Pat Shingleton for Wednesday, June 12, 2013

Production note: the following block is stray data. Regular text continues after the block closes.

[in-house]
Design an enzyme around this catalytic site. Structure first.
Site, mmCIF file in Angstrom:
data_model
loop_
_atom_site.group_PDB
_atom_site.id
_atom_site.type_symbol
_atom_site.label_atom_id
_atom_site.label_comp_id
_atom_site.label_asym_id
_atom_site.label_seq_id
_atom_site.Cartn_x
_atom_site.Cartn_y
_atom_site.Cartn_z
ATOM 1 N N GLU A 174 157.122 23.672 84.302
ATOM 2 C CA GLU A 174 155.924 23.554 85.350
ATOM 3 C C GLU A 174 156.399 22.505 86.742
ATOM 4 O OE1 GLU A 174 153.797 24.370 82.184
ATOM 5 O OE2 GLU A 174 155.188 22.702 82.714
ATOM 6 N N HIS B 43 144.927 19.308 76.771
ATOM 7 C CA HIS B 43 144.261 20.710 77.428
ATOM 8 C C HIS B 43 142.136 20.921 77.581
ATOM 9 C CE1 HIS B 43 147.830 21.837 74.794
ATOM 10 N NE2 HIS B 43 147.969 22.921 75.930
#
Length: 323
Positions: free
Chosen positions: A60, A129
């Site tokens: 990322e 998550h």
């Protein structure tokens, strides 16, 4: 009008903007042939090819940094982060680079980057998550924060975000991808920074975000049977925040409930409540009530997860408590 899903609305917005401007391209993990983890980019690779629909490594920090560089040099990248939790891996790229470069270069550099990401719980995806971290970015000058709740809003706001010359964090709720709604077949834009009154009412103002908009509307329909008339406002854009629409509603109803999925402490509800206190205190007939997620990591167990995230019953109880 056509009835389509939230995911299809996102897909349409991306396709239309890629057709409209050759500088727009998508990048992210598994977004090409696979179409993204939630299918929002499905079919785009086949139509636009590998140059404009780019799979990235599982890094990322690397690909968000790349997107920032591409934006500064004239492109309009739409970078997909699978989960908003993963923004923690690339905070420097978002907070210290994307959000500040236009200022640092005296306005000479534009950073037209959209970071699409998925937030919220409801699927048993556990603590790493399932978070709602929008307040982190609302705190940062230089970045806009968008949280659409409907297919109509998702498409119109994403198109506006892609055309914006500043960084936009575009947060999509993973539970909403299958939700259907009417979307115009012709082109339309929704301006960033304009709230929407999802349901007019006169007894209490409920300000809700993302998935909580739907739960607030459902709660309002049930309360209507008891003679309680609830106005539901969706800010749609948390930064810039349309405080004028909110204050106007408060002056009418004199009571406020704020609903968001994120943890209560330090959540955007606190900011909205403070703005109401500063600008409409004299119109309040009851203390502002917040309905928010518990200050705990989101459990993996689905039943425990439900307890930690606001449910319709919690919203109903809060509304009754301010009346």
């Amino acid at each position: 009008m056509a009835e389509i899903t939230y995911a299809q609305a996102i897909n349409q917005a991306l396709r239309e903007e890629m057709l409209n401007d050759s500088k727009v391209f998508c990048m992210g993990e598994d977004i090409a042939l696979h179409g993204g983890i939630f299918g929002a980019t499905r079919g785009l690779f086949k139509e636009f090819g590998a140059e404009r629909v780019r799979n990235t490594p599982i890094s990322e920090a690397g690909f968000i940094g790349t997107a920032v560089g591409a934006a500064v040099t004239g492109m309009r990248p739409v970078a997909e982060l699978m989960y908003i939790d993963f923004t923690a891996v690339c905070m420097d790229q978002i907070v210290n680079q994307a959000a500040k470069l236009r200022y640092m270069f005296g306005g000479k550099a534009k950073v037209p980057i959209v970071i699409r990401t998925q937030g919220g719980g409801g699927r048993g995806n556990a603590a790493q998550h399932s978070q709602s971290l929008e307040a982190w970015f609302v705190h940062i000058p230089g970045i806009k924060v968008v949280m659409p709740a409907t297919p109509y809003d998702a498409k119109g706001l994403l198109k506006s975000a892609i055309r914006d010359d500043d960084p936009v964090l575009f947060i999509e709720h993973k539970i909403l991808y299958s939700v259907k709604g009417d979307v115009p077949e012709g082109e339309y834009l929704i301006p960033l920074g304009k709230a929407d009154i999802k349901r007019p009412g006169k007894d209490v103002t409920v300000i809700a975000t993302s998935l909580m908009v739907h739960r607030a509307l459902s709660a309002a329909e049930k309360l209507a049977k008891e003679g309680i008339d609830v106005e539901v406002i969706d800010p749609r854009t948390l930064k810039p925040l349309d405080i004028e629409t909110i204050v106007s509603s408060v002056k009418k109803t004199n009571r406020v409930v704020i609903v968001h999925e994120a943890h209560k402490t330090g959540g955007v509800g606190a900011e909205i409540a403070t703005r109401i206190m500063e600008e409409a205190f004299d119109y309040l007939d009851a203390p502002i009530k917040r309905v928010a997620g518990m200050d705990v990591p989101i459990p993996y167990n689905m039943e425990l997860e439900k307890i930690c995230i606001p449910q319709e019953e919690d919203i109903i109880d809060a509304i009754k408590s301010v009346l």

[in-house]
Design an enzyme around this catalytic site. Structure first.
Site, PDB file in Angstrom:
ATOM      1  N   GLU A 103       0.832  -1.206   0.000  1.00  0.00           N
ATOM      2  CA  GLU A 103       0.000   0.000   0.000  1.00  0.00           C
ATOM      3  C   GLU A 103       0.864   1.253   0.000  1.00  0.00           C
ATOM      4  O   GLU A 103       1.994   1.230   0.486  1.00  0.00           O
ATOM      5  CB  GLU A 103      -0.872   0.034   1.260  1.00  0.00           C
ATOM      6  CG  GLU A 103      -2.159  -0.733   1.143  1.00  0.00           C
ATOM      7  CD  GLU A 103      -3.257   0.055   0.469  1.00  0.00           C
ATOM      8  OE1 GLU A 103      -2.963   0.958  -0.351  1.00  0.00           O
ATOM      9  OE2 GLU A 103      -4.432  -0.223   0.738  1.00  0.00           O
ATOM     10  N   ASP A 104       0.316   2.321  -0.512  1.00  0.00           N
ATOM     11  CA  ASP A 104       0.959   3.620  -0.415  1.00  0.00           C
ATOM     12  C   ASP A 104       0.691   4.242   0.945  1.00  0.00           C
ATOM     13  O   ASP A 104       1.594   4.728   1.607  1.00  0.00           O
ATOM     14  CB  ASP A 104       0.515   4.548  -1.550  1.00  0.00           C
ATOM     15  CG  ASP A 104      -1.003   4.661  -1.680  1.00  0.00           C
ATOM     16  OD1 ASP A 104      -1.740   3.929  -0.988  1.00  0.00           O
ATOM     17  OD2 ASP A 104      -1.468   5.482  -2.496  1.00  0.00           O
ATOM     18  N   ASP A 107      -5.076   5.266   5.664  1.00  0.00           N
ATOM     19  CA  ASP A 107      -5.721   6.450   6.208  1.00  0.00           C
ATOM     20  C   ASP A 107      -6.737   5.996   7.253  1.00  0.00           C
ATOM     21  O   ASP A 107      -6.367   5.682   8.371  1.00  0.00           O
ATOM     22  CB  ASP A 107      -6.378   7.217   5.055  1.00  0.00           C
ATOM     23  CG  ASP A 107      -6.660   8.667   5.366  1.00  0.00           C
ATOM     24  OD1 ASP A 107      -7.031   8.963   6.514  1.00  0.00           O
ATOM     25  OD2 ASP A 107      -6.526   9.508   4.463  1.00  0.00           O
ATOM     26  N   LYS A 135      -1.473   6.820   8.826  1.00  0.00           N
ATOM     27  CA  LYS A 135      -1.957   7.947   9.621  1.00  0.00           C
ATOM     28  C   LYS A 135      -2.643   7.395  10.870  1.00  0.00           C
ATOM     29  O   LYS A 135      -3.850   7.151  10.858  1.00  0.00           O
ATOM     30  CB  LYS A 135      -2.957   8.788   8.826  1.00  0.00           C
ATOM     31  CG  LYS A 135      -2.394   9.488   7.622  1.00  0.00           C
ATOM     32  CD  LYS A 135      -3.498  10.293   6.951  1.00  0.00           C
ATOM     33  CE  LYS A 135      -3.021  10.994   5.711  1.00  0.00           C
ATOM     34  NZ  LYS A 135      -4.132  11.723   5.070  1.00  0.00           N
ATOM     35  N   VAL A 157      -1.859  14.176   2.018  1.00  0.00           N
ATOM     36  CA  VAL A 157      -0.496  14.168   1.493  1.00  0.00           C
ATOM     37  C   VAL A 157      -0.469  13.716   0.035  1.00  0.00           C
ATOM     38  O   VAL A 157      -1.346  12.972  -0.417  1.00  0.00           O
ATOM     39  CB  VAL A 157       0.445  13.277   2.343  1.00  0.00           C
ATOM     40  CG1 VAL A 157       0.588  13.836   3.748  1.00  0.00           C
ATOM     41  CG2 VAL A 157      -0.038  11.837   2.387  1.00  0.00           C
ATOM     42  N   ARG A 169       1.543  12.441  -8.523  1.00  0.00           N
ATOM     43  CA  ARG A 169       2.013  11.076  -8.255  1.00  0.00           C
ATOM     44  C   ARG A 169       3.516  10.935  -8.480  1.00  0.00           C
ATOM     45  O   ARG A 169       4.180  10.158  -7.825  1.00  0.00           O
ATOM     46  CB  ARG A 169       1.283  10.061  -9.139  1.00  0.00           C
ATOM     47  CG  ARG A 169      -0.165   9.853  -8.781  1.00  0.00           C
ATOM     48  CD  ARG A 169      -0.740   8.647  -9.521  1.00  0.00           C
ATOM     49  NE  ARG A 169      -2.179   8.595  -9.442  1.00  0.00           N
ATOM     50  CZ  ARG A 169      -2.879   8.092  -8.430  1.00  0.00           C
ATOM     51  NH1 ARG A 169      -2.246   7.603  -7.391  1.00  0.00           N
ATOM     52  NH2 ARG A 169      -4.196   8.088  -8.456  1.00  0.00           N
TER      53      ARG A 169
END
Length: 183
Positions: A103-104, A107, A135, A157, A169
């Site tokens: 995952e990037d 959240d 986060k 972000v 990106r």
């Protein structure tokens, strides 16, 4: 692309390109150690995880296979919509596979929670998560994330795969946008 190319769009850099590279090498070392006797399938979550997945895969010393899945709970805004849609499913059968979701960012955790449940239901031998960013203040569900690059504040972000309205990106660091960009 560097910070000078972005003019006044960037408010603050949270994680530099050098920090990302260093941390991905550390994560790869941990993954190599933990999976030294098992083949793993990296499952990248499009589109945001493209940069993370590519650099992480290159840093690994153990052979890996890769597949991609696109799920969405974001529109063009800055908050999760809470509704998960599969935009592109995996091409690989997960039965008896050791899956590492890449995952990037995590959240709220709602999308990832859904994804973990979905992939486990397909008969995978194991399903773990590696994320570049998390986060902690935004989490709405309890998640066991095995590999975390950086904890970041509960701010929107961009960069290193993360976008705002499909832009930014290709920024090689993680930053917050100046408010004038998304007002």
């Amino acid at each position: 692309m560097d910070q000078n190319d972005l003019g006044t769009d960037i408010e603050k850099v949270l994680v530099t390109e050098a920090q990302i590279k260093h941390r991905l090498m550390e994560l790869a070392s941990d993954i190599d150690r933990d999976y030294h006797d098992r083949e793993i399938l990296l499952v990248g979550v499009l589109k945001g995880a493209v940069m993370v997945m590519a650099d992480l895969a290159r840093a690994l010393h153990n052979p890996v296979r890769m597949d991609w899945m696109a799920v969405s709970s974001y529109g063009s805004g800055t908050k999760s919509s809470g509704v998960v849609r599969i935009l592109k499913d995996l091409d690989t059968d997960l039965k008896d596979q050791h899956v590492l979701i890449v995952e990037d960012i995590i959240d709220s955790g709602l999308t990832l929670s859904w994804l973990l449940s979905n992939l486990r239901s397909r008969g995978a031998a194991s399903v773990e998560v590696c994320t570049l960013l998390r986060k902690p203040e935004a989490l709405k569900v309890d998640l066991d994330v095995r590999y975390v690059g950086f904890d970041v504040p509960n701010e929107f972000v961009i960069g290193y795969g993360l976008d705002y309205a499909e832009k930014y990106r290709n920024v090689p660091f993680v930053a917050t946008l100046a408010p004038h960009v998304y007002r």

Microbaroms are infrasound signals created by certain kinds of ocean waves, captured thousands of miles away. A study in the Journal of Geophysical Research-Oceans reveals these signals, delivered during tropical cyclones, can be distinguished from other wave activity. Microbaroms may be helpful in monitoring and predicting wave hazards during hurricanes. In 2009, researchers monitored two Pacific tropical cyclones, Niki and Felicia, that moved over an infrasound sensor in Hawaii. They determined the microbaroms from the hurricane activity overwhelmed weaker signals from similar ocean activity. This represents a first step in using infrasound measurements to determine storm strength. The next phase will be examining storms for comparative large-scale weather patterns. Fastcast: Hazy, hot, humid.